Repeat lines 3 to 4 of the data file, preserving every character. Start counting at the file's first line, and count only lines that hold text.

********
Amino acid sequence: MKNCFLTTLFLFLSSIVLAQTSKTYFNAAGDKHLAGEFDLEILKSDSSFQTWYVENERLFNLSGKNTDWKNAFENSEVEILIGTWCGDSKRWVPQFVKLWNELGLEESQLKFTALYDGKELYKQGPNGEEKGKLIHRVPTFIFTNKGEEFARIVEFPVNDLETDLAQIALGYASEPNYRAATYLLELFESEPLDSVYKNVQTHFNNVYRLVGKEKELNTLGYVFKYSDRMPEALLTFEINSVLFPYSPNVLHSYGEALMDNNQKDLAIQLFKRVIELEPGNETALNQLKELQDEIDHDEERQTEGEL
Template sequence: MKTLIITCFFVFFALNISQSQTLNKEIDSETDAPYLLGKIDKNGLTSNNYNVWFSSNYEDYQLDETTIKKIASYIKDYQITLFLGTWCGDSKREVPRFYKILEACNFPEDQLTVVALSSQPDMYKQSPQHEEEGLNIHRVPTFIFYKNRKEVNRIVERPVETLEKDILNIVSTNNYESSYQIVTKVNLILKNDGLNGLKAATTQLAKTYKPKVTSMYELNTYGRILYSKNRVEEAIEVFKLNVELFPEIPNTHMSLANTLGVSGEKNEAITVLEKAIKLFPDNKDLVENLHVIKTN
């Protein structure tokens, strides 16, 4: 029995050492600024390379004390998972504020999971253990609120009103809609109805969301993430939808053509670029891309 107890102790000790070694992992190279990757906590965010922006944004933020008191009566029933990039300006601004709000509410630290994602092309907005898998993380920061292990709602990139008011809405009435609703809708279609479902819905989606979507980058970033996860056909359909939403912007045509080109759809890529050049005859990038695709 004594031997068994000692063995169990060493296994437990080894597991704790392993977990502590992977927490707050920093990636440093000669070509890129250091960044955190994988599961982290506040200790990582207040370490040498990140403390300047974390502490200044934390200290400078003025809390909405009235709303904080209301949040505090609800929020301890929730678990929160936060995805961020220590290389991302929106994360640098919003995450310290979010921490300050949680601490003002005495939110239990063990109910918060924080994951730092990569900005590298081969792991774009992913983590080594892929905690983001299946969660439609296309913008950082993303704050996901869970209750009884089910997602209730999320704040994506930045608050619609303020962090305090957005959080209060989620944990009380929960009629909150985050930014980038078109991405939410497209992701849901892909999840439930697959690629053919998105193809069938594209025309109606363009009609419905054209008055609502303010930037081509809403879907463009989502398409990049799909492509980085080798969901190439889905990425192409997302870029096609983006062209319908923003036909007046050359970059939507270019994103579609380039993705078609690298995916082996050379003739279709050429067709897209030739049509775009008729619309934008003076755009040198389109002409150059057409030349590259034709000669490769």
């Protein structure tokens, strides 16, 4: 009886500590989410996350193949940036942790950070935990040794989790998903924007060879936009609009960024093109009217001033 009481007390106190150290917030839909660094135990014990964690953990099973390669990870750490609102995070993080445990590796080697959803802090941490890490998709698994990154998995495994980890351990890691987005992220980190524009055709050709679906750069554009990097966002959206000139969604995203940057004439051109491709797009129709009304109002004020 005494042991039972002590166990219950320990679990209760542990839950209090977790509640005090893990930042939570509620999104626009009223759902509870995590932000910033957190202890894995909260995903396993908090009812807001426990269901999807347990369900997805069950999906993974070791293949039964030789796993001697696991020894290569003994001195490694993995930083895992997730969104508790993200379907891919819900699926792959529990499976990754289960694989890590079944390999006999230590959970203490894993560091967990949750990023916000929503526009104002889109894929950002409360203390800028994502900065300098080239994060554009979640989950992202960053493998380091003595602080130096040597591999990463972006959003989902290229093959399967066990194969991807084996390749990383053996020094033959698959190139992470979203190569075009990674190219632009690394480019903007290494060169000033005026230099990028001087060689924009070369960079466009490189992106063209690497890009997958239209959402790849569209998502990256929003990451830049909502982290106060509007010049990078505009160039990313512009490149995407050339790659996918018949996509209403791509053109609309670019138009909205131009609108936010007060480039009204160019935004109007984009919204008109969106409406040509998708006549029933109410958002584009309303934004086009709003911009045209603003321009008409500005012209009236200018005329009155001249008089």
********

């Protein structure tokens, strides 16, 4: 029995050492600024390379004390998972504020999971253990609120009103809609109805969301993430939808053509670029891309 107890102790000790070694992992190279990757906590965010922006944004933020008191009566029933990039300006601004709000509410630290994602092309907005898998993380920061292990709602990139008011809405009435609703809708279609479902819905989606979507980058970033996860056909359909939403912007045509080109759809890529050049005859990038695709 004594031997068994000692063995169990060493296994437990080894597991704790392993977990502590992977927490707050920093990636440093000669070509890129250091960044955190994988599961982290506040200790990582207040370490040498990140403390300047974390502490200044934390200290400078003025809390909405009235709303904080209301949040505090609800929020301890929730678990929160936060995805961020220590290389991302929106994360640098919003995450310290979010921490300050949680601490003002005495939110239990063990109910918060924080994951730092990569900005590298081969792991774009992913983590080594892929905690983001299946969660439609296309913008950082993303704050996901869970209750009884089910997602209730999320704040994506930045608050619609303020962090305090957005959080209060989620944990009380929960009629909150985050930014980038078109991405939410497209992701849901892909999840439930697959690629053919998105193809069938594209025309109606363009009609419905054209008055609502303010930037081509809403879907463009989502398409990049799909492509980085080798969901190439889905990425192409997302870029096609983006062209319908923003036909007046050359970059939507270019994103579609380039993705078609690298995916082996050379003739279709050429067709897209030739049509775009008729619309934008003076755009040198389109002409150059057409030349590259034709000669490769």
């Protein structure tokens, strides 16, 4: 009886500590989410996350193949940036942790950070935990040794989790998903924007060879936009609009960024093109009217001033 009481007390106190150290917030839909660094135990014990964690953990099973390669990870750490609102995070993080445990590796080697959803802090941490890490998709698994990154998995495994980890351990890691987005992220980190524009055709050709679906750069554009990097966002959206000139969604995203940057004439051109491709797009129709009304109002004020 005494042991039972002590166990219950320990679990209760542990839950209090977790509640005090893990930042939570509620999104626009009223759902509870995590932000910033957190202890894995909260995903396993908090009812807001426990269901999807347990369900997805069950999906993974070791293949039964030789796993001697696991020894290569003994001195490694993995930083895992997730969104508790993200379907891919819900699926792959529990499976990754289960694989890590079944390999006999230590959970203490894993560091967990949750990023916000929503526009104002889109894929950002409360203390800028994502900065300098080239994060554009979640989950992202960053493998380091003595602080130096040597591999990463972006959003989902290229093959399967066990194969991807084996390749990383053996020094033959698959190139992470979203190569075009990674190219632009690394480019903007290494060169000033005026230099990028001087060689924009070369960079466009490189992106063209690497890009997958239209959402790849569209998502990256929003990451830049909502982290106060509007010049990078505009160039990313512009490149995407050339790659996918018949996509209403791509053109609309670019138009909205131009609108936010007060480039009204160019935004109007984009919204008109969106409406040509998708006549029933109410958002584009309303934004086009709003911009045209603003321009008409500005012209009236200018005329009155001249008089």